Looking at the new list of members for the Academy of Motion Pictures Arts and Sciences, there are a lot of big-name actors. Movie stars like Channing Tatum (“Foxcatcher”) join recent nominees Hailee Steinfeld (“True Grit”) and Lucas Hedges (“Manchester by the Sea”).
But there are arguably even bigger names: Riz Ahmed. Donald Glover. Keegan-Michael Key. Rami Malek. Kate McKinnon. Sarah Paulson.
On the Academy’s official announcement, each actor’s name is followed by the films cited for their inclusion. For Ahmed, it’s “Nightcrawler;” Glover, “The Martian;” Key, “Don’t Think Twice;” Malek,”Short Term 12;” McKinnon, “Office Christmas Party,” and Paulson, “12 Years a Slave.” Almost all of these are excellent films (“Office Christmas Party,” looking at you), but do you associate these people with those projects?
Or do you think about Ahmed’s outstanding turn in “The Night Of”; Glover’s groundbreaking work in “Atlanta” (or his endearing performance on “Community”), Key’s landmark sketch series, “Key & Peele,” Malek’s award-winning turn in “Mr. Robot,” McKinnon’s jaw-dropping transformations on “SNL,” and Paulson’s ongoing domination of TV in roles courtesy of mega-producer Ryan Murphy?
Being better known for one role than another doesn’t negate the quality of work, but these inclusions illustrate a major point of contention between the TV and film worlds: TV offers a more diverse landscape, and the Academy doesn’t want to talk about it.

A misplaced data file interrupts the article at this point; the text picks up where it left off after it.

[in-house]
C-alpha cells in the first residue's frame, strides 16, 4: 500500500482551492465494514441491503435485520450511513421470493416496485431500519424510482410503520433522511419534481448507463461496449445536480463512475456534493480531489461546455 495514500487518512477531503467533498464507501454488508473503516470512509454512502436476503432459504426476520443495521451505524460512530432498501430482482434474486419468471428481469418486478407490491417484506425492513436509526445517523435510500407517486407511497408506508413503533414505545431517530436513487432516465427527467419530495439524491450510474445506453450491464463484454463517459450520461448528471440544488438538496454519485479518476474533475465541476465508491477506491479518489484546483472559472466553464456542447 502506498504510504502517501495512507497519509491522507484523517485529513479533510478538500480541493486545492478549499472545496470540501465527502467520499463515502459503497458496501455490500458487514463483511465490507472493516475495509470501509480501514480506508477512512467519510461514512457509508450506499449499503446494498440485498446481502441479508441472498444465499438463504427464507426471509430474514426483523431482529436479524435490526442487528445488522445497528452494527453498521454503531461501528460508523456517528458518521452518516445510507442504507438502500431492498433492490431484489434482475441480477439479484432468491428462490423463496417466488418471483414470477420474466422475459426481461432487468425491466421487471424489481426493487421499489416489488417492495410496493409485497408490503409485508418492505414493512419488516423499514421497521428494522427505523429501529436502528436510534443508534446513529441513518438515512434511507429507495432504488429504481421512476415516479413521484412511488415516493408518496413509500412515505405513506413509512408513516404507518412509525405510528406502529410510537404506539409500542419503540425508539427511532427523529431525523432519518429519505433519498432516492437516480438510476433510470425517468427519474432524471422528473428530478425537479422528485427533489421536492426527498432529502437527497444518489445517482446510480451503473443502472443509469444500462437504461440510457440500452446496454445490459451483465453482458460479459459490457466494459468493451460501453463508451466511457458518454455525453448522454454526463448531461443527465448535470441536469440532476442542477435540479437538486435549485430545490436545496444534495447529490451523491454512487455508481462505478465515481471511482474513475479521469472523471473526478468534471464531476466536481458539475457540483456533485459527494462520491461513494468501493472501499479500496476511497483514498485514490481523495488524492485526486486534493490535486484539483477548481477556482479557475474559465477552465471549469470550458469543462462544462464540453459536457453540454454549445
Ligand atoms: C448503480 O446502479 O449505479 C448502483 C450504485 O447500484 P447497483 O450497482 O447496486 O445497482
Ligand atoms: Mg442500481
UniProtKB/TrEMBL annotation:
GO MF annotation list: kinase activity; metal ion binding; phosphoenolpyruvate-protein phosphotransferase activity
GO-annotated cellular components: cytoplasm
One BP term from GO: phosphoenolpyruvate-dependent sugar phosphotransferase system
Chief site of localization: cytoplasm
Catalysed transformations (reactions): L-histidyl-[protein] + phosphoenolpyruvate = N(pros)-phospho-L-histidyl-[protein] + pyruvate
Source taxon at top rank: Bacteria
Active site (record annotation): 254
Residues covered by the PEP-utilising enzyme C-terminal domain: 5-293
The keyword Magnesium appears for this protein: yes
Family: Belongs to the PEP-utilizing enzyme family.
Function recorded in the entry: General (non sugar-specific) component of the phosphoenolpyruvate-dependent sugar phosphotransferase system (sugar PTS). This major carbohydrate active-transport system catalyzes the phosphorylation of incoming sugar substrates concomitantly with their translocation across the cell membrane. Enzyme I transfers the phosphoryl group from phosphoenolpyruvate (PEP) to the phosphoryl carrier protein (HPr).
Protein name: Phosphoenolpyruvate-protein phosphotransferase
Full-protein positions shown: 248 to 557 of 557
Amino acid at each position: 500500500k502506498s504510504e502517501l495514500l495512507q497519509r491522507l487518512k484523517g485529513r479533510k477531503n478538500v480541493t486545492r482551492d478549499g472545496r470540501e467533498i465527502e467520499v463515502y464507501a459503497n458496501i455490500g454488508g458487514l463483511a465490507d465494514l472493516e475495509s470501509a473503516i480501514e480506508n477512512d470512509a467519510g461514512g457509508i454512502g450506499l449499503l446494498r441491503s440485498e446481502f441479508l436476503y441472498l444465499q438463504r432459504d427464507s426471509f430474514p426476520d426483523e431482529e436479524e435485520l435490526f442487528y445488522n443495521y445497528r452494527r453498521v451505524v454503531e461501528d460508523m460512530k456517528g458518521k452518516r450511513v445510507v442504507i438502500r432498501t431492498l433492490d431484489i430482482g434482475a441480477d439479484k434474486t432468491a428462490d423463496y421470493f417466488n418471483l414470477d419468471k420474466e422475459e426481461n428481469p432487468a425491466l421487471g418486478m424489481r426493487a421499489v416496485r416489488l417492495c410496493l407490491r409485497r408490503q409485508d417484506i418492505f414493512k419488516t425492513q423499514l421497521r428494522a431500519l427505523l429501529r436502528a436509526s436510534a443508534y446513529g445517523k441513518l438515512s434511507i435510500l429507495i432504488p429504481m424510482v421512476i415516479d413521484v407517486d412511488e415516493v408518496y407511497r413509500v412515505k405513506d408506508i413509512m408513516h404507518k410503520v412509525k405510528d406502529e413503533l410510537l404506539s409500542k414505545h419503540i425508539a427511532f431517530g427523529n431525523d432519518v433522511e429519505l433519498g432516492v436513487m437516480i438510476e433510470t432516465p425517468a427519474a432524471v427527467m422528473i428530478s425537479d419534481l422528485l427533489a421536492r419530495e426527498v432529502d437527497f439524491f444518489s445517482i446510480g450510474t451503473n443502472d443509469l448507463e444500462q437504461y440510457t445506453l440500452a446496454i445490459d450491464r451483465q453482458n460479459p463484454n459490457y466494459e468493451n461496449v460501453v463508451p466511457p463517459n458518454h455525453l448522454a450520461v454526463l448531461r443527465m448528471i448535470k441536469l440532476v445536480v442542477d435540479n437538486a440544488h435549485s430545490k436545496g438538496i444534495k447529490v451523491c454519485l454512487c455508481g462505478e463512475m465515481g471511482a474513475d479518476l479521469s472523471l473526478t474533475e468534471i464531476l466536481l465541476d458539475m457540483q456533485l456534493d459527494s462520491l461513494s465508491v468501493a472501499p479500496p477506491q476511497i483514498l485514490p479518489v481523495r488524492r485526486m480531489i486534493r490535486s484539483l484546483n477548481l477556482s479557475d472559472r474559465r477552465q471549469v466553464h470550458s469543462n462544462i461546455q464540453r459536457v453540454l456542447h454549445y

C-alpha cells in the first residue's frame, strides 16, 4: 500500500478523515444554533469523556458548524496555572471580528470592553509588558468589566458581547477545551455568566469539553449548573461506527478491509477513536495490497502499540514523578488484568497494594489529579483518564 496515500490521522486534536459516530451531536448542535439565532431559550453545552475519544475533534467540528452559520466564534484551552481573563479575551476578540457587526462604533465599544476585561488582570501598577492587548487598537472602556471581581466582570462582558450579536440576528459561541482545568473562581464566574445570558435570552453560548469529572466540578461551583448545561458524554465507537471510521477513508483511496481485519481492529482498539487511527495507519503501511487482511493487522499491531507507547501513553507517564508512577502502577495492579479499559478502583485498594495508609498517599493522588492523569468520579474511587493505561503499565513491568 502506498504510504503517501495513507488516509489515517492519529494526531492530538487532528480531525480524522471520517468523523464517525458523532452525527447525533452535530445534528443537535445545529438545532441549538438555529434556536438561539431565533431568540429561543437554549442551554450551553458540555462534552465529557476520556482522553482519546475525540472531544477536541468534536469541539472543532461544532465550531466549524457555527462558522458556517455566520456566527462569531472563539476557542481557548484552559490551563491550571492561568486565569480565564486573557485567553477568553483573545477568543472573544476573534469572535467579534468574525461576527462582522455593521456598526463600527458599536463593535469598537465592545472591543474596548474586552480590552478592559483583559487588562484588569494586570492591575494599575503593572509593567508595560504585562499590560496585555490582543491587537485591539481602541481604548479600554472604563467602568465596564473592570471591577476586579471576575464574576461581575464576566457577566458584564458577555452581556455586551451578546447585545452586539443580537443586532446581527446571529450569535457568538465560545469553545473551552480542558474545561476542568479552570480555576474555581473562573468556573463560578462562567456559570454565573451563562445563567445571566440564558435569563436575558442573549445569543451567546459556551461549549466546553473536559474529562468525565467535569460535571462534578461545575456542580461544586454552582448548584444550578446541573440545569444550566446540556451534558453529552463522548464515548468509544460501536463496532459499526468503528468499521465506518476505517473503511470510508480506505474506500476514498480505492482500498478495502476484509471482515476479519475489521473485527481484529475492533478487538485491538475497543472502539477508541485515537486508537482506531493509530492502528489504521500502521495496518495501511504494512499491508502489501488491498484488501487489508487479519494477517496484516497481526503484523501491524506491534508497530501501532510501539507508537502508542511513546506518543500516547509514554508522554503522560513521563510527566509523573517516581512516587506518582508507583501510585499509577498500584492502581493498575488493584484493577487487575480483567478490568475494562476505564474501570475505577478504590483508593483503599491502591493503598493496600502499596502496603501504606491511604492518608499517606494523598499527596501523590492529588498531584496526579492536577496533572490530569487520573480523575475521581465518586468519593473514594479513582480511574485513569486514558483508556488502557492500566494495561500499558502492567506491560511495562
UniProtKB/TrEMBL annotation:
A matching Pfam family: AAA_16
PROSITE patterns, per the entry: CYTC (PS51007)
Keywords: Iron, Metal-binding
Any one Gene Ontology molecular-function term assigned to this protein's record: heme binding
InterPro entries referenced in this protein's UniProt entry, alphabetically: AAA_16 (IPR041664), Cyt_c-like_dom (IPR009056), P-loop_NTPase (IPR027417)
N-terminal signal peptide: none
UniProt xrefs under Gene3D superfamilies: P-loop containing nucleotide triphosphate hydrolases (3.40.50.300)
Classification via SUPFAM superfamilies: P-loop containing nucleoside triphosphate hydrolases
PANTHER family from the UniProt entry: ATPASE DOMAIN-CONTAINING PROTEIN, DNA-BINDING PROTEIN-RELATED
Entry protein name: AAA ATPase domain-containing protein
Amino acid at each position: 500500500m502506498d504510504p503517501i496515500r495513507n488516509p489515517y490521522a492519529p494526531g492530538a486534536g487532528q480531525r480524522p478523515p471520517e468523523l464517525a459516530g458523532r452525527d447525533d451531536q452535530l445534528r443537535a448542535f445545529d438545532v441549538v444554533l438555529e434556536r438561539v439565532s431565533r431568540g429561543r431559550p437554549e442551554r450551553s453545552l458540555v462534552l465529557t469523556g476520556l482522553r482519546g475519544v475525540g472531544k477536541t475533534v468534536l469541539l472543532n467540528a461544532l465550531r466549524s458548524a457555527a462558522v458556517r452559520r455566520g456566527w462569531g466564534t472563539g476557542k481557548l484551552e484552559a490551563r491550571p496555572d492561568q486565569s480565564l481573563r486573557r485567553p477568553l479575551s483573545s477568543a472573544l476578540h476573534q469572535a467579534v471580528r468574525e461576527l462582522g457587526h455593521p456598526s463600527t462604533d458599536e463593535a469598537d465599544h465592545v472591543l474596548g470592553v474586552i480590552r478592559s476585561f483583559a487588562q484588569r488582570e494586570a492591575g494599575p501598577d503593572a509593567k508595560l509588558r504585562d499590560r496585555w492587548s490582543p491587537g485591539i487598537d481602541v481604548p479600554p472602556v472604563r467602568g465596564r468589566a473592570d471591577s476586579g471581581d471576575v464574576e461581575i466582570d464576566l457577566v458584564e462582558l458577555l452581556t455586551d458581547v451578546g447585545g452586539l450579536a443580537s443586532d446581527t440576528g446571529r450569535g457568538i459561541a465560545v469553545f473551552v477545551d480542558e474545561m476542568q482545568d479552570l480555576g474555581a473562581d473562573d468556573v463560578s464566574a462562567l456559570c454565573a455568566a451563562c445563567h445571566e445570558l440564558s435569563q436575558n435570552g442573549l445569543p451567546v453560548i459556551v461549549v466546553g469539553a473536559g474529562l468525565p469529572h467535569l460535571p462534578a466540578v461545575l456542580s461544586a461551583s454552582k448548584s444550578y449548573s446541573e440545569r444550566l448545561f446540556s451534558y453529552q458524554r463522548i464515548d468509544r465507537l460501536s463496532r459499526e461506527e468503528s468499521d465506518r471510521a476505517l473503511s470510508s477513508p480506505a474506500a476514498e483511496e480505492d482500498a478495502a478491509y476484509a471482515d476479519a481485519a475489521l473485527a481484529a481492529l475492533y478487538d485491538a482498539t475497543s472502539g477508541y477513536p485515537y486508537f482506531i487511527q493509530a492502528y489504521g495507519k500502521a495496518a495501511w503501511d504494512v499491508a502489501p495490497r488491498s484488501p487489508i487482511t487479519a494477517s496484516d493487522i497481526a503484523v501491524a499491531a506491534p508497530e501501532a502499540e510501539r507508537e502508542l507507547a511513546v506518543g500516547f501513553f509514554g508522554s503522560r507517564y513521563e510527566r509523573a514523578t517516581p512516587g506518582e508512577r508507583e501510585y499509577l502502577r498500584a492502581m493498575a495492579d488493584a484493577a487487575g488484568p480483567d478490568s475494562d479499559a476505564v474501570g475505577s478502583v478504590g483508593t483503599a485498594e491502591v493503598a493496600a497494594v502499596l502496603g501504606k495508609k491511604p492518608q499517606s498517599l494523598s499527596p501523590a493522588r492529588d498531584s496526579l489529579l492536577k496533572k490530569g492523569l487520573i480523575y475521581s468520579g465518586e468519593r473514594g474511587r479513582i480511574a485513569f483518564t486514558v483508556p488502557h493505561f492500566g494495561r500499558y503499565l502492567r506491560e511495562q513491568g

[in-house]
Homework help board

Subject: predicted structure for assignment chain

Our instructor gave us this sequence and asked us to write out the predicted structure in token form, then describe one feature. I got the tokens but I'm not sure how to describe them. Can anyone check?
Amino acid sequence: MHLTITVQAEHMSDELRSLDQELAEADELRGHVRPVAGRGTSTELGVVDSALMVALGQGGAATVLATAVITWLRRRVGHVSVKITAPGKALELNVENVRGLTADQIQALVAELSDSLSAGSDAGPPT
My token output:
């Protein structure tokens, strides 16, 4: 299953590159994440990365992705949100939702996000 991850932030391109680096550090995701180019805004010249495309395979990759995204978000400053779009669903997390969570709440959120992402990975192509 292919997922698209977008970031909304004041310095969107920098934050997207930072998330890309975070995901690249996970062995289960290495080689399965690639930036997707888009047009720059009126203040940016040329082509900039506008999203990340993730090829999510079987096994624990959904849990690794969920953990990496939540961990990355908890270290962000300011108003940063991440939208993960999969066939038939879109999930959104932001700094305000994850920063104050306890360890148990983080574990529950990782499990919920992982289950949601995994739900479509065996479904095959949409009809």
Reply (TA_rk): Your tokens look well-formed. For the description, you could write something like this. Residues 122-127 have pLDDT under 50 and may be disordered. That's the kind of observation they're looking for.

Much has been made of the #OscarsSoWhite protests, and the Academy now actively works to diversify its member base. This year saw an increase in the percentage of women (39 percent, up from 28 percent in 2016) and people of color (30 percent) among the record-breaking number of new members. Since 2015, there’s a 331 percent increase in people of color asked to join the Academy.
However, many of these stars may not be considered for admission without finding success in television. That the Academy refuses to recognize this, instead choosing to invoke comparisons between a quickly forgotten studio Christmas movie and the 2014 Best Picture winner, feels disingenuous to the actors. (If not, where’s T.J. Miller’s invitation, AMPAS?) The class of 2017 knows the amazing work they’ve done, and (hopefully) they know they deserve to be there, right alongside the rest of the Academy members.
If the film academy has to dip into the deep well of television talent to find the most accomplished women and people of color in the industry, by all means. A diverse voting body and its wide-ranging benefits are far more important that silly squabbles over which medium best supports its stars, as is maintaining the honor of an institution built on the most respected industry talents paying tribute to their peers.
However, it would be better if the film industry was as inclusive as the little brother that AMPAS refuses to acknowledge.